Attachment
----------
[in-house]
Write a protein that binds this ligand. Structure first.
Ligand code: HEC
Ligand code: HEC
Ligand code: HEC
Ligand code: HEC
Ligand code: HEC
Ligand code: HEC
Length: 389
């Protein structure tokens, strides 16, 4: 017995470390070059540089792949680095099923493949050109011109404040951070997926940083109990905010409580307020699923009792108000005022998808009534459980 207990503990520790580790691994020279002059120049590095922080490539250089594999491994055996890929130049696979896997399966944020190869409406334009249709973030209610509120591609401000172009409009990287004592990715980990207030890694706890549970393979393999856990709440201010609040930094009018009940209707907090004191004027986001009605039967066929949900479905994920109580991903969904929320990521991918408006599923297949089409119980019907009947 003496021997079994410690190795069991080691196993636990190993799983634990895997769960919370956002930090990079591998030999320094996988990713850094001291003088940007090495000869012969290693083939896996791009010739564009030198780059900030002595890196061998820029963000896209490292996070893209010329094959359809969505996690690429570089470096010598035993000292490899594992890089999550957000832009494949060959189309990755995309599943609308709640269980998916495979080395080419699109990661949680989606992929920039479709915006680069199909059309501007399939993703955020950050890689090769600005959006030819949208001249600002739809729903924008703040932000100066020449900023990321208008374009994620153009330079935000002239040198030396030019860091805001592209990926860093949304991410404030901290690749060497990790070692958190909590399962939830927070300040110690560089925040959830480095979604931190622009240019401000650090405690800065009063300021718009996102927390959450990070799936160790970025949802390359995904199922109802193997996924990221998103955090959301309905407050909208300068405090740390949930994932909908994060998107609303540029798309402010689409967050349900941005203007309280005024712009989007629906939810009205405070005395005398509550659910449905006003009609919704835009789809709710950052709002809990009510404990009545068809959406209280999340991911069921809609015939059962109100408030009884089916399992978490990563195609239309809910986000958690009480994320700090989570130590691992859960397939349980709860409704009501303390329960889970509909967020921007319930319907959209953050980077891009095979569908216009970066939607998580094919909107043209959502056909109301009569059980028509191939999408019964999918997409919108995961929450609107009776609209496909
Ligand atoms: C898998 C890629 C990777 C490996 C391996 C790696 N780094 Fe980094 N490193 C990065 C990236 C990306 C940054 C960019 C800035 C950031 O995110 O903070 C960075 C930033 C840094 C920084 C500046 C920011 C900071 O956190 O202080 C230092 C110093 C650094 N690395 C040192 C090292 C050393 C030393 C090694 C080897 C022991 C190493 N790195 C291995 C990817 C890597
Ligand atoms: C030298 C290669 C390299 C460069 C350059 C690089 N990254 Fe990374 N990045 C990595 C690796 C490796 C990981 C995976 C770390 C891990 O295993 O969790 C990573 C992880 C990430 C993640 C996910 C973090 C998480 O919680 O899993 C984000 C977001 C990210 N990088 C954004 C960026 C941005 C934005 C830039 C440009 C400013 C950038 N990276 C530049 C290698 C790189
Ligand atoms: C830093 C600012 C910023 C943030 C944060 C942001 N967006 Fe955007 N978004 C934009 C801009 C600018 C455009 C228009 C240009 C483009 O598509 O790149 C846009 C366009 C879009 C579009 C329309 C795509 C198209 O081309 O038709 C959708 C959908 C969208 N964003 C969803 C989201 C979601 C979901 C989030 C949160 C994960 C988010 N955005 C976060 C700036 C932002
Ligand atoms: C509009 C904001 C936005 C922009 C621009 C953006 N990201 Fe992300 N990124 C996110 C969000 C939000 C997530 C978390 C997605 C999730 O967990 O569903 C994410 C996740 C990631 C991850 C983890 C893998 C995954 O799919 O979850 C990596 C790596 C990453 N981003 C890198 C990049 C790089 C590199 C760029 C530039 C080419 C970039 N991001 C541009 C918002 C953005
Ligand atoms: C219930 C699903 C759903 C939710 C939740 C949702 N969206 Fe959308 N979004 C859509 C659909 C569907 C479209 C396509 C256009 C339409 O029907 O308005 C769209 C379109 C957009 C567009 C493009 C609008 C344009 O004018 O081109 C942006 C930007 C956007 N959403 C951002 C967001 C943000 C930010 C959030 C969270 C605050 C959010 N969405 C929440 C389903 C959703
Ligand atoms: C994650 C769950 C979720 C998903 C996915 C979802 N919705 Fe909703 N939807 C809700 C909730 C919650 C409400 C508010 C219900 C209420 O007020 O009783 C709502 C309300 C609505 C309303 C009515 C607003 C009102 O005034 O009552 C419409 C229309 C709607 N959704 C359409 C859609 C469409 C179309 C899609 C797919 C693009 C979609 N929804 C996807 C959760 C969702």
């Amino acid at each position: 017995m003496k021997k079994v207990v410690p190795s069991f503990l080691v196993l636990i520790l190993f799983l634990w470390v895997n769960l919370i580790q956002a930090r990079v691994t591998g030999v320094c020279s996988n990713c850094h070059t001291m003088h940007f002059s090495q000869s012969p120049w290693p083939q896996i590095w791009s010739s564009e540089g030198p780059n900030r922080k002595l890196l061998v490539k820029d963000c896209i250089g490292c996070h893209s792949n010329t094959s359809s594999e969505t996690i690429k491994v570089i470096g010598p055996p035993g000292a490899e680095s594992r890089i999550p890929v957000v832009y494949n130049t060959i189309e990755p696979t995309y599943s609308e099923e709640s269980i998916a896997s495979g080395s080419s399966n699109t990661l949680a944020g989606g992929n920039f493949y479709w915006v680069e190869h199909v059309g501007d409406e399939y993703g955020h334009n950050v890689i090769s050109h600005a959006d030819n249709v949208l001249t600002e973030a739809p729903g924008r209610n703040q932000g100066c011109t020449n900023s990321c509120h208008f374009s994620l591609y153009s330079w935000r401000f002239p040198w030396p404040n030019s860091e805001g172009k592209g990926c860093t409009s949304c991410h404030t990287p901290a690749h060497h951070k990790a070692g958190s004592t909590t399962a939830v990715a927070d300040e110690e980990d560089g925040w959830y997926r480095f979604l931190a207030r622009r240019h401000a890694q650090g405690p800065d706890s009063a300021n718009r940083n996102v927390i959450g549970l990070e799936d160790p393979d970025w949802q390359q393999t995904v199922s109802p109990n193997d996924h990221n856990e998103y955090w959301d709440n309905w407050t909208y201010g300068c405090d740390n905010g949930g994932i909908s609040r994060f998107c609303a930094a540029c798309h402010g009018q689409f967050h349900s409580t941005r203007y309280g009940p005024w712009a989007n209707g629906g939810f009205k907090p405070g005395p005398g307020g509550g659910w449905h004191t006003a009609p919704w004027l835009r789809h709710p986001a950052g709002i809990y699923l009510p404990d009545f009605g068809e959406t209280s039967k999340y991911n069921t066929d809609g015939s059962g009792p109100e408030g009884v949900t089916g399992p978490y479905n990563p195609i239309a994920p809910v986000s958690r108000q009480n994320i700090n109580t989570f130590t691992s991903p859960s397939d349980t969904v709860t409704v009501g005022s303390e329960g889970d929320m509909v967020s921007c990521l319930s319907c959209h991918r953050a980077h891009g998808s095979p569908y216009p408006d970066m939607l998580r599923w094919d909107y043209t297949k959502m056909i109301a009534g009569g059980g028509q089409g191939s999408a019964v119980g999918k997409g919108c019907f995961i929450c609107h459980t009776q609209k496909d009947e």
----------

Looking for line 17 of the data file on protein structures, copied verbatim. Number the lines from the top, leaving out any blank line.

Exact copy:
């Amino acid at each position: 017995m003496k021997k079994v207990v410690p190795s069991f503990l080691v196993l636990i520790l190993f799983l634990w470390v895997n769960l919370i580790q956002a930090r990079v691994t591998g030999v320094c020279s996988n990713c850094h070059t001291m003088h940007f002059s090495q000869s012969p120049w290693p083939q896996i590095w791009s010739s564009e540089g030198p780059n900030r922080k002595l890196l061998v490539k820029d963000c896209i250089g490292c996070h893209s792949n010329t094959s359809s594999e969505t996690i690429k491994v570089i470096g010598p055996p035993g000292a490899e680095s594992r890089i999550p890929v957000v832009y494949n130049t060959i189309e990755p696979t995309y599943s609308e099923e709640s269980i998916a896997s495979g080395s080419s399966n699109t990661l949680a944020g989606g992929n920039f493949y479709w915006v680069e190869h199909v059309g501007d409406e399939y993703g955020h334009n950050v890689i090769s050109h600005a959006d030819n249709v949208l001249t600002e973030a739809p729903g924008r209610n703040q932000g100066c011109t020449n900023s990321c509120h208008f374009s994620l591609y153009s330079w935000r401000f002239p040198w030396p404040n030019s860091e805001g172009k592209g990926c860093t409009s949304c991410h404030t990287p901290a690749h060497h951070k990790a070692g958190s004592t909590t399962a939830v990715a927070d300040e110690e980990d560089g925040w959830y997926r480095f979604l931190a207030r622009r240019h401000a890694q650090g405690p800065d706890s009063a300021n718009r940083n996102v927390i959450g549970l990070e799936d160790p393979d970025w949802q390359q393999t995904v199922s109802p109990n193997d996924h990221n856990e998103y955090w959301d709440n309905w407050t909208y201010g300068c405090d740390n905010g949930g994932i909908s609040r994060f998107c609303a930094a540029c798309h402010g009018q689409f967050h349900s409580t941005r203007y309280g009940p005024w712009a989007n209707g629906g939810f009205k907090p405070g005395p005398g307020g509550g659910w449905h004191t006003a009609p919704w004027l835009r789809h709710p986001a950052g709002i809990y699923l009510p404990d009545f009605g068809e959406t209280s039967k999340y991911n069921t066929d809609g015939s059962g009792p109100e408030g009884v949900t089916g399992p978490y479905n990563p195609i239309a994920p809910v986000s958690r108000q009480n994320i700090n109580t989570f130590t691992s991903p859960s397939d349980t969904v709860t409704v009501g005022s303390e329960g889970d929320m509909v967020s921007c990521l319930s319907c959209h991918r953050a980077h891009g998808s095979p569908y216009p408006d970066m939607l998580r599923w094919d909107y043209t297949k959502m056909i109301a009534g009569g059980g028509q089409g191939s999408a019964v119980g999918k997409g919108c019907f995961i929450c609107h459980t009776q609209k496909d009947e």